From the humid glaze of ‘Do The Right Thing’ to the sexual panic of ‘Y Tu Mamá También,’ Document offers a list of films that best embody the season’s spirit

There’s something about summer that evokes a particularly extreme sense of nostalgia. Cinema is a portal to an imaginary world through which the season is always within reach—even on the coldest and darkest of winter evenings.

Summer means school is suspended and travel is par for the course; there are no rules. Its visual language reflects this—at its best, magically defying the conventions we’re used to as viewers. Summer films can ellipse a day, on-screen romances can defy boundaries, and a sense of melancholia often pervades.

Few films successfully capture the intensity of feelings, colored by the warm light of summer months. As fall approaches, Document provides a list of some that satisfy.

Dazed and Confused (1993)
I first discovered Dazed and Confused over the summer between my junior and senior years of high school. There’s nothing more of-the-season than an existentially groovy coming-of-age film, spanning the course of the last day of high school, where everything goes wrong, but also so, so right.

Do The Right Thing (1989)
This film perfectly captures the essence of summer in Brooklyn, particularly those sweltering days when you’ll do anything to beat the heat. Taking place on the literal hottest day of the year, Do The Right Thing’s visceral, incessant heat gels the camera with a glistening tint. Is it humidity? A drop of sweat?

La Piscine (1969)
It’s no coincidence that La Piscine has seen a resurgence in the summers since quarantine. It is proof that tension rises with the temperature. The burn is slow—even lazy at times. Yet an undercurrent of infidelity persists between the steamy couple this film centers, and the temporality of their relationship—an allegory for the tenuousness of it all—reminds us that summer is fleeting.

A Swedish Love Story (1970)
This movie is an embodiment of the young summer love we all wish we had—when a crush is the only thing that matters in the world. The scene where Annika screams after Pär as he rides away on his motorcycle following a party which they spend exchanging shy glances but no words smolders with teenage angst. They are beautifully oblivious to the drama and disapproval of the adults around them. That’s what summer love is all about, right?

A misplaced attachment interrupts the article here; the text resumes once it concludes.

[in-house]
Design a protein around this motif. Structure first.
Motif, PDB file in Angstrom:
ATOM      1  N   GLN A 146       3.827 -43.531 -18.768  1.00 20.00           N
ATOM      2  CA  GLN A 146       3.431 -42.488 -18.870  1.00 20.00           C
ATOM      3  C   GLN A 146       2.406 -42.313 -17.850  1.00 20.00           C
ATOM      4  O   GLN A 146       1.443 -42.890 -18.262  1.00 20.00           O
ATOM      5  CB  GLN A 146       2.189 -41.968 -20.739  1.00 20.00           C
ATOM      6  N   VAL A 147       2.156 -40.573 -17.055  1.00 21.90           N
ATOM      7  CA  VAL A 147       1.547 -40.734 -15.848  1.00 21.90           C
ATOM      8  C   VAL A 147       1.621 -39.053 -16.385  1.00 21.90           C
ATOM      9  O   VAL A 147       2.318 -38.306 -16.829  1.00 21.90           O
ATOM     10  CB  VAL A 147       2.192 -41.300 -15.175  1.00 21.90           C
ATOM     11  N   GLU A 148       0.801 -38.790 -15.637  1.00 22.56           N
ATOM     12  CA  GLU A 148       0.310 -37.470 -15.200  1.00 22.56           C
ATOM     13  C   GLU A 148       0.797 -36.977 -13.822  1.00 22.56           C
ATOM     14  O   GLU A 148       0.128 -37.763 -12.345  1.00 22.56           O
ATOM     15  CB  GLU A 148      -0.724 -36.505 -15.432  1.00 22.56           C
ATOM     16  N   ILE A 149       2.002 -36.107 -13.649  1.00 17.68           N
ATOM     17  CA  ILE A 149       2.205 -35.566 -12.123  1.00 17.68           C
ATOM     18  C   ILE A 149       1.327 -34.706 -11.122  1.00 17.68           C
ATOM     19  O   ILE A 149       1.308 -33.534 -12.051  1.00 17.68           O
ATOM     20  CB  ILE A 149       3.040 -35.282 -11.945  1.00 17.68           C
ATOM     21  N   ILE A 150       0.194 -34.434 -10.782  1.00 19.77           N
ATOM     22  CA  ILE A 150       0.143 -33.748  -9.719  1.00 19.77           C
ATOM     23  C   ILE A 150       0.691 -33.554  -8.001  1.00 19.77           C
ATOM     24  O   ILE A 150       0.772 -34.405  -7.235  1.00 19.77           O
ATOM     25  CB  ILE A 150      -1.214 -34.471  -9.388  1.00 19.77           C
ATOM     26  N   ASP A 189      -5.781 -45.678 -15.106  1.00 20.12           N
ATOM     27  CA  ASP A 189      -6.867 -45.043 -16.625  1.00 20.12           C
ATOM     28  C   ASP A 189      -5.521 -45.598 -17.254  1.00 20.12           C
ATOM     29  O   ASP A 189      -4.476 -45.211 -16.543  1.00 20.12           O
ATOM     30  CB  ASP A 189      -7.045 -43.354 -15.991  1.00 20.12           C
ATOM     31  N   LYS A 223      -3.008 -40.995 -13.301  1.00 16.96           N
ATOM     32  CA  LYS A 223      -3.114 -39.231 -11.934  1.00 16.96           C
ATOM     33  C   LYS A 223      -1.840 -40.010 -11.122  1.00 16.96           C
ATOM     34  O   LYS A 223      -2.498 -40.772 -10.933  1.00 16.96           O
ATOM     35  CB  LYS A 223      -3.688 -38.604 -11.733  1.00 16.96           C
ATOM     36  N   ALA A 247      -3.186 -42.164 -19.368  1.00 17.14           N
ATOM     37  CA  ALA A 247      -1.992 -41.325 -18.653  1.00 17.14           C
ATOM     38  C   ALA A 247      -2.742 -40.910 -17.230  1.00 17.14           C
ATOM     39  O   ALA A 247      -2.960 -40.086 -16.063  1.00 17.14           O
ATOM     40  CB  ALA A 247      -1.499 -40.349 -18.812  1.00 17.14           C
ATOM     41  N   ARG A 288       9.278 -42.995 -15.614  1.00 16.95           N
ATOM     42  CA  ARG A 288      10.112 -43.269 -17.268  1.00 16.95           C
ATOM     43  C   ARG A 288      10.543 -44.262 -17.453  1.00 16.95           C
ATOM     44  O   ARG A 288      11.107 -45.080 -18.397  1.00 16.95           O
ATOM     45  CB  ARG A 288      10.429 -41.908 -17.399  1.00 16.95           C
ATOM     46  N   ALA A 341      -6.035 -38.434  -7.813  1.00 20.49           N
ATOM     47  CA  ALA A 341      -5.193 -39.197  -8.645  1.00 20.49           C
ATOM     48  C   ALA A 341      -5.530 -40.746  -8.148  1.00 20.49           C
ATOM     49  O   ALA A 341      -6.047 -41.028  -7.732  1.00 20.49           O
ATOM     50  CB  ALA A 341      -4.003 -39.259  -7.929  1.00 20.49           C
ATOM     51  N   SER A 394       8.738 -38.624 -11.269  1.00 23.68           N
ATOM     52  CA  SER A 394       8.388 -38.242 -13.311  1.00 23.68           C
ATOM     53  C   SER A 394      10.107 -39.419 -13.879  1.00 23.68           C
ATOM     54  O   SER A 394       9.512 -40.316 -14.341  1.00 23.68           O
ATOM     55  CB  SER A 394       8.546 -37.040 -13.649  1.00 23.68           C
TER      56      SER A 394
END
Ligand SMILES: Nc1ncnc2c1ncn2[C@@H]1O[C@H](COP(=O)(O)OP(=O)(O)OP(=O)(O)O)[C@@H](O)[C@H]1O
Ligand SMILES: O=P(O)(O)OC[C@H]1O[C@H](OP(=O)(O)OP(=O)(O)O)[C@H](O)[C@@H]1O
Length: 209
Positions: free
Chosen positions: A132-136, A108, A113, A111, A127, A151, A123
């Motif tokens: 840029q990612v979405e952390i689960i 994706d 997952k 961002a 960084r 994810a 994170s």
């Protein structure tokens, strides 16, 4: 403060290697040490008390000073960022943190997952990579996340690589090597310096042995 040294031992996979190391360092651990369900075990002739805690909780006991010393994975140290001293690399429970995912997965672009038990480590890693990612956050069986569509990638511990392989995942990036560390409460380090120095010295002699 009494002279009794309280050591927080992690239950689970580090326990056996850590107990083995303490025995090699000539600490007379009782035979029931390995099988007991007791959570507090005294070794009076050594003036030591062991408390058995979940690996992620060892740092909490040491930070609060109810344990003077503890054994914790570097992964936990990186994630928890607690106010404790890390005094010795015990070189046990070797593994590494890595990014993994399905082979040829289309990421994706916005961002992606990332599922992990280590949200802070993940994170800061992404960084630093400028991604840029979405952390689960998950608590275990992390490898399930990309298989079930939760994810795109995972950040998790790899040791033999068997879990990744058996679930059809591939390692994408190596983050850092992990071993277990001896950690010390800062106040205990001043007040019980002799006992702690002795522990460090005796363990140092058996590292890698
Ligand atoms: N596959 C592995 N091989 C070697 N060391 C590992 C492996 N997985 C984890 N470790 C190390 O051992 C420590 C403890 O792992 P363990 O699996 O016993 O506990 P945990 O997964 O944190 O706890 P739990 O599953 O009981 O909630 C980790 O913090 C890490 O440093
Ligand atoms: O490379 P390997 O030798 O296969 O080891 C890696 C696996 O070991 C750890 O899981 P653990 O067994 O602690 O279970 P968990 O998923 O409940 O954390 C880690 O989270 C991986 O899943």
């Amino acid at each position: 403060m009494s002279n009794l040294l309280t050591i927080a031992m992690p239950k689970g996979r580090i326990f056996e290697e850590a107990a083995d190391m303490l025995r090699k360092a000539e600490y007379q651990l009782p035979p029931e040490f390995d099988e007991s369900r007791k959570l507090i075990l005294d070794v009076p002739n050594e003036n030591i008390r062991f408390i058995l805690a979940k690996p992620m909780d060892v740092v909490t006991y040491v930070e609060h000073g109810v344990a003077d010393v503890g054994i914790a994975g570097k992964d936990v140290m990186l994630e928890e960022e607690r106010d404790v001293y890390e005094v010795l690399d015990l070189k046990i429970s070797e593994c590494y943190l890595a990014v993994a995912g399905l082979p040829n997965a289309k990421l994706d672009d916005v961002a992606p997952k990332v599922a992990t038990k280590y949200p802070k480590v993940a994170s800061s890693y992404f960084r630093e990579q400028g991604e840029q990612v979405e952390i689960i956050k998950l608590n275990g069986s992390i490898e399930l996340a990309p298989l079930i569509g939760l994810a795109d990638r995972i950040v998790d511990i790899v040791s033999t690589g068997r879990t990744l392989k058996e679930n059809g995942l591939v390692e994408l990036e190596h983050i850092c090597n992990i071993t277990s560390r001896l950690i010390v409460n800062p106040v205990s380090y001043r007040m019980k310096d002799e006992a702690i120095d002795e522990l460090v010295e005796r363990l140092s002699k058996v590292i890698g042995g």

“It is proof that tension rises with the temperature.”

Y Tu Mamá También (2001)
During a scenic summer road trip from Mexico City to a paradisiacal beach town called ‘Mouth of Heaven,’ the protagonists’ adolescent summer of sexual panic in this film runs parallel to the socio-political limbo of postcolonial Mexico at the time. After all, summer is a state of flux.

Le Rayon Vert (1986)
If summer films are a genre, Rohmer is an auteur. In this one, a recently single woman spends her summer in search of what she thinks is love. Despite idyllic getaways to the countryside and the seaside, she is constantly confronted by couples. Her inescapable loneliness makes her almost insufferable. Yet Rohmer doesn’t just validate the melancholic undertones that go along with the season—he creates an aesthetic around them. It is a perfect solo summer film.

Morning of the Earth (1972)
This film is pure psychedelic surf bliss. Inspired by the work of Jonas Mekas, surfer-director Albert Falzon takes a color-saturated, avant-garde lens to warm swells and lush landscapes, and lays it over a sweet ‘70s soundtrack. The result is a state of unadulterated fun, eternal summer, oneness with nature. Even if you don’t like the ocean, it’s a beautiful trip.

Beaches of Agnes (2008)
“If we opened people up, we’d find landscapes. If we opened me up, we’d find beaches.” Agnes Varda arranges mirrors on a beach as waves crash and parachutes fly, refracting and reflecting the scene—which includes herself and her loved ones. Varda nostalgically reminds us of the summer vacations that shaped us growing up, while reflexively and retrospectively memorializing film as the medium that shaped her.